America is the land of the free, the land where your dreams can become a reality and a place where nothing is impossible. My grandmother called it “Aljan’nan Dunia,” which translates to “the paradise on earth.” One can see why it is the dream of international students to leave their country and embark on a journey to America.
I am from Nigeria, and coming to study at Northwestern State University has been a dream come true.
My uncle, Bukar Ibn-Mohammed, fulfilled a promise that he made to me when I was only nine years old. He said all I had to do was succeed in school and he would bring me to NSU. This meant I could go to the very place that I always watched on TV and possibly make something of myself. More importantly, I could remove my mother from poverty and give her the life she deserves.
Despite all the adjustment struggles I have had, my uncle has been there for me every step of the way. The opportunity to fulfill my potential has never been closer.
Like anything else, however, the transition has its ups and downs. Being here has presented endless opportunities for international students to succeed and begin a new life, but we have to go through some stressful experiences.
A lot of us go through a period of culture shock which is mostly within our first year of being here in America. Culture shock can include anxiety when meeting new people and their different and unusual social behaviors. For almost every international student, language barriers are the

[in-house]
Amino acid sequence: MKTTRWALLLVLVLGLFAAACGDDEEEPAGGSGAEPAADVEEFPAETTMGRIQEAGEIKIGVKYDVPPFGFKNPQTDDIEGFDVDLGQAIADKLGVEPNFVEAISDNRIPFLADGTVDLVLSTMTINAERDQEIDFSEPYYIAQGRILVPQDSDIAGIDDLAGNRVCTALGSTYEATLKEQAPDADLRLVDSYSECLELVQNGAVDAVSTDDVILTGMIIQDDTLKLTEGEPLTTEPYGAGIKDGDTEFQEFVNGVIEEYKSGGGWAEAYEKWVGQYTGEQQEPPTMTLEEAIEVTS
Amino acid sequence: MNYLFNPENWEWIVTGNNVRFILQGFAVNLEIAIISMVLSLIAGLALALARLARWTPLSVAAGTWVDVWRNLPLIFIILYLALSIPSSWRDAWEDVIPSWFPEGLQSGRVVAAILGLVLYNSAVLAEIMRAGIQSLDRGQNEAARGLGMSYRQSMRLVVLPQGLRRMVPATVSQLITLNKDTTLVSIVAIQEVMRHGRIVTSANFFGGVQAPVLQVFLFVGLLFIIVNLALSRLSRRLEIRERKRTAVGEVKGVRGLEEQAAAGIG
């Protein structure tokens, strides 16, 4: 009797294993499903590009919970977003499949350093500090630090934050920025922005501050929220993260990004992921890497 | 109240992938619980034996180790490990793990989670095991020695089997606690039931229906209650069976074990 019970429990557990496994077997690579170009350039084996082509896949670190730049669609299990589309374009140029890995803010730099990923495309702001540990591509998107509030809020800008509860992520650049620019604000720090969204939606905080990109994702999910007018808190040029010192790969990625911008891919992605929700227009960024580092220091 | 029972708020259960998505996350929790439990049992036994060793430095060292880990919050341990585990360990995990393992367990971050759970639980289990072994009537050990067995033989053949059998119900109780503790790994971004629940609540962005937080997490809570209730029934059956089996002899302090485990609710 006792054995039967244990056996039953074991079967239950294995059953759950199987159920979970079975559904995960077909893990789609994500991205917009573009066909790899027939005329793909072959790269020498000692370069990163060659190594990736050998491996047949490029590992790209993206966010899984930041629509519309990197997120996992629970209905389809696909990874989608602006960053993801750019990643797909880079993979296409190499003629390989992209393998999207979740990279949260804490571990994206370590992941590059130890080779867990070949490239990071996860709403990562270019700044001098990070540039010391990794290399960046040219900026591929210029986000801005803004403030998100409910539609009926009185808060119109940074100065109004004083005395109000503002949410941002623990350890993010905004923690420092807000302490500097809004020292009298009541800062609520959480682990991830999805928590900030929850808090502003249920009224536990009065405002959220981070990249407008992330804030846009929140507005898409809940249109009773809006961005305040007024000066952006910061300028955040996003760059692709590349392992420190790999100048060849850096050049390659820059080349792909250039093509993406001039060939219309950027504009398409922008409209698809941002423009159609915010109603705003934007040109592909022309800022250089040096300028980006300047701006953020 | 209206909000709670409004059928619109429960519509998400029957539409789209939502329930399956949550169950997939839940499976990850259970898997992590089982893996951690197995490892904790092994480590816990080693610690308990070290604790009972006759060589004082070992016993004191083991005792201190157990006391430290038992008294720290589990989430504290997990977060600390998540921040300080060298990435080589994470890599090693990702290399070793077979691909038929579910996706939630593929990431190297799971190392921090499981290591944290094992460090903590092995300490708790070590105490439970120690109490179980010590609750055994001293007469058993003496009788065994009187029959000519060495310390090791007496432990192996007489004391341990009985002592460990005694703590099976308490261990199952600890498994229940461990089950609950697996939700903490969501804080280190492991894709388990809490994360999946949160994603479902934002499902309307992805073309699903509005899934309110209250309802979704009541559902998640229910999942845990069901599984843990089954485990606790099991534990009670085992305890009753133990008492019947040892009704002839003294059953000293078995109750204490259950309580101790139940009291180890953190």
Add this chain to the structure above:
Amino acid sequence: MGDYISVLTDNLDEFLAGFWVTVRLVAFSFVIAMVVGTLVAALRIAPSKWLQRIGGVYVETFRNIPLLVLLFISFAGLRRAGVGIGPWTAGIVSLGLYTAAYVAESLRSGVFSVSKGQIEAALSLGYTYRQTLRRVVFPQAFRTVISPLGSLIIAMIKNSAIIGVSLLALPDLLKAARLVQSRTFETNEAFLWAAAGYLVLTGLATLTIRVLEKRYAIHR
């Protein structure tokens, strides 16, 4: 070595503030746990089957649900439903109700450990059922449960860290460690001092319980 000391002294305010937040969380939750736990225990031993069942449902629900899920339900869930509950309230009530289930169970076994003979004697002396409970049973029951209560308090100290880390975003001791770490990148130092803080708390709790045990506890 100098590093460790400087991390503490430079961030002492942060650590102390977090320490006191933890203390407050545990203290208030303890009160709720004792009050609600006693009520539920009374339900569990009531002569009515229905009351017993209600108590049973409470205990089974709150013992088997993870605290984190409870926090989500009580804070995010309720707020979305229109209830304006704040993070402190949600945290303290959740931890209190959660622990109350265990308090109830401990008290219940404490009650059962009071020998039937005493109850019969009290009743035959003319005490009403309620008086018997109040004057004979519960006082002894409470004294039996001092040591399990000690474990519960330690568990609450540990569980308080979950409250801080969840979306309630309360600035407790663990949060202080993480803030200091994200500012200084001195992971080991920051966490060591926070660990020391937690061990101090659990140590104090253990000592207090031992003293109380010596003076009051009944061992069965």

number one issue. A student’s level of comfort with the culture of their new home can determine their learning experience. It can be an emotional rollercoaster being so far away from family and friends.
Saily Romero, a new international student from Colombia, dreamed of coming to America, improving herself and living her dream. She said she is the happiest girl in the world because her dream came true. Being in here at NSU is changing her entire life. However, she struggles with the language barrier.
“When I came here, I thought it would be easy,” Romero said. “[I thought] I would have a lot of friends but that’s not true. It is challenge but it is not impossible.”
Hassik Vasquez Narvaez is also an international student from Colombia. He has been here for five years.
“The hardest part for me is English, at least for the first year,” he said. “But it got better.”
Narvaez didn’t even own a bike when he got here, so he had to walk to school. He had three goals when he got here: to get a “valuable degree,” to learn English and to get to know a lot of people, which would be beneficial to his musical career. He is a senior and he is one of the best students in the School of Business as well as the music departments.
These are the qualities that international students possess: determination, curiosity, a craving to grow and most importantly, hard work. Some of us aren’t just here for ourselves or our dreams. Some of us are here to provide a better future for our families, our communities and, for those of us who dream bigger, our country.
President Theodore Roosevelt once said, “Nothing that is worth having comes easy.” For us international students, the road to success may not be easy. There may be some bumps in the road, but no matter what adversities come our way, we will keep going with the memory of our homes forever with us.
Photo by Valentina Perez Espinosa.